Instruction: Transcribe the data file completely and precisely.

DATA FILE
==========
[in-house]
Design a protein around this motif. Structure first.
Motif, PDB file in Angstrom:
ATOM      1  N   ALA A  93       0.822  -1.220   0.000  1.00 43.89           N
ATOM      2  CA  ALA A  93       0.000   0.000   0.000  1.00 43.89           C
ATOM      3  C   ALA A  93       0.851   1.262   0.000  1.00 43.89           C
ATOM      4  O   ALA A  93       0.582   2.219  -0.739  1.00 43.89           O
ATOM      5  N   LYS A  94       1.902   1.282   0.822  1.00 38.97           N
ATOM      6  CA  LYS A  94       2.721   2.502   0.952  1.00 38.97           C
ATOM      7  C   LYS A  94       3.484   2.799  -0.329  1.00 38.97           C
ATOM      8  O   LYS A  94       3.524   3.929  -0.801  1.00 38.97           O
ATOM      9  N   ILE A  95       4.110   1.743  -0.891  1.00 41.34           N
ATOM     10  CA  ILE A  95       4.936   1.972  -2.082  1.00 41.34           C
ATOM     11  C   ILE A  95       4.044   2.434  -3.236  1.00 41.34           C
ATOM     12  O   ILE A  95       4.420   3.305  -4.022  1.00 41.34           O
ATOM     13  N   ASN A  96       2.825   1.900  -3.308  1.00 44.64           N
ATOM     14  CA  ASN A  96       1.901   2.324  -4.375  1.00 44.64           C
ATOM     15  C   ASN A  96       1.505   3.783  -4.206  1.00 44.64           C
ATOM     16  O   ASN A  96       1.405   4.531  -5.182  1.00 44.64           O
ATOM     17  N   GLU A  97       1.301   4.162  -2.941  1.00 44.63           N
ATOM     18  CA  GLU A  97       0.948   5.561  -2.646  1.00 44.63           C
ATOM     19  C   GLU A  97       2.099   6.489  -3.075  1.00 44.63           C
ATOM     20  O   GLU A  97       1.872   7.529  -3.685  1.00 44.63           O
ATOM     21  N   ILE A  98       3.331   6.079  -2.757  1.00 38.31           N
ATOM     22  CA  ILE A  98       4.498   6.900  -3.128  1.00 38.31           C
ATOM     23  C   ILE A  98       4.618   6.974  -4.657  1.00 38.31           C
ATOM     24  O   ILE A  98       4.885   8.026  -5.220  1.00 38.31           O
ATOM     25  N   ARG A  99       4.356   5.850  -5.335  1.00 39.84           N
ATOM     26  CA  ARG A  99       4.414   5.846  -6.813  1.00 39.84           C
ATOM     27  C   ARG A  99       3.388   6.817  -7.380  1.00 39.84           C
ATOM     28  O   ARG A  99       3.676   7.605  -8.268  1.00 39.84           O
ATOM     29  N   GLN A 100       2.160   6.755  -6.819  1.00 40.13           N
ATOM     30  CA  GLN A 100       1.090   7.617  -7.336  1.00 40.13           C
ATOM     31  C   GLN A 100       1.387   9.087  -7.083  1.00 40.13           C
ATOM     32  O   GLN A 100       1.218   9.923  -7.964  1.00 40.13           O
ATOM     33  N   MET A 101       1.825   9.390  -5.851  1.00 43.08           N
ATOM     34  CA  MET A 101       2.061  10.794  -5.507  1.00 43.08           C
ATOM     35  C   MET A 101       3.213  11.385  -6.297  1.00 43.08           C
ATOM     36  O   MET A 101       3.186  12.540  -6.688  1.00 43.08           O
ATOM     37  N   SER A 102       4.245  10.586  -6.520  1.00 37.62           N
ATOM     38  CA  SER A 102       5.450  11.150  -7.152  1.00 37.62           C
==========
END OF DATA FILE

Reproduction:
[in-house]
Design a protein around this motif. Structure first.
Motif, PDB file in Angstrom:
ATOM      1  N   ALA A  93       0.822  -1.220   0.000  1.00 43.89           N
ATOM      2  CA  ALA A  93       0.000   0.000   0.000  1.00 43.89           C
ATOM      3  C   ALA A  93       0.851   1.262   0.000  1.00 43.89           C
ATOM      4  O   ALA A  93       0.582   2.219  -0.739  1.00 43.89           O
ATOM      5  N   LYS A  94       1.902   1.282   0.822  1.00 38.97           N
ATOM      6  CA  LYS A  94       2.721   2.502   0.952  1.00 38.97           C
ATOM      7  C   LYS A  94       3.484   2.799  -0.329  1.00 38.97           C
ATOM      8  O   LYS A  94       3.524   3.929  -0.801  1.00 38.97           O
ATOM      9  N   ILE A  95       4.110   1.743  -0.891  1.00 41.34           N
ATOM     10  CA  ILE A  95       4.936   1.972  -2.082  1.00 41.34           C
ATOM     11  C   ILE A  95       4.044   2.434  -3.236  1.00 41.34           C
ATOM     12  O   ILE A  95       4.420   3.305  -4.022  1.00 41.34           O
ATOM     13  N   ASN A  96       2.825   1.900  -3.308  1.00 44.64           N
ATOM     14  CA  ASN A  96       1.901   2.324  -4.375  1.00 44.64           C
ATOM     15  C   ASN A  96       1.505   3.783  -4.206  1.00 44.64           C
ATOM     16  O   ASN A  96       1.405   4.531  -5.182  1.00 44.64           O
ATOM     17  N   GLU A  97       1.301   4.162  -2.941  1.00 44.63           N
ATOM     18  CA  GLU A  97       0.948   5.561  -2.646  1.00 44.63           C
ATOM     19  C   GLU A  97       2.099   6.489  -3.075  1.00 44.63           C
ATOM     20  O   GLU A  97       1.872   7.529  -3.685  1.00 44.63           O
ATOM     21  N   ILE A  98       3.331   6.079  -2.757  1.00 38.31           N
ATOM     22  CA  ILE A  98       4.498   6.900  -3.128  1.00 38.31           C
ATOM     23  C   ILE A  98       4.618   6.974  -4.657  1.00 38.31           C
ATOM     24  O   ILE A  98       4.885   8.026  -5.220  1.00 38.31           O
ATOM     25  N   ARG A  99       4.356   5.850  -5.335  1.00 39.84           N
ATOM     26  CA  ARG A  99       4.414   5.846  -6.813  1.00 39.84           C
ATOM     27  C   ARG A  99       3.388   6.817  -7.380  1.00 39.84           C
ATOM     28  O   ARG A  99       3.676   7.605  -8.268  1.00 39.84           O
ATOM     29  N   GLN A 100       2.160   6.755  -6.819  1.00 40.13           N
ATOM     30  CA  GLN A 100       1.090   7.617  -7.336  1.00 40.13           C
ATOM     31  C   GLN A 100       1.387   9.087  -7.083  1.00 40.13           C
ATOM     32  O   GLN A 100       1.218   9.923  -7.964  1.00 40.13           O
ATOM     33  N   MET A 101       1.825   9.390  -5.851  1.00 43.08           N
ATOM     34  CA  MET A 101       2.061  10.794  -5.507  1.00 43.08           C
ATOM     35  C   MET A 101       3.213  11.385  -6.297  1.00 43.08           C
ATOM     36  O   MET A 101       3.186  12.540  -6.688  1.00 43.08           O
ATOM     37  N   SER A 102       4.245  10.586  -6.520  1.00 37.62           N
ATOM     38  CA  SER A 102       5.450  11.150  -7.152  1.00 37.62           C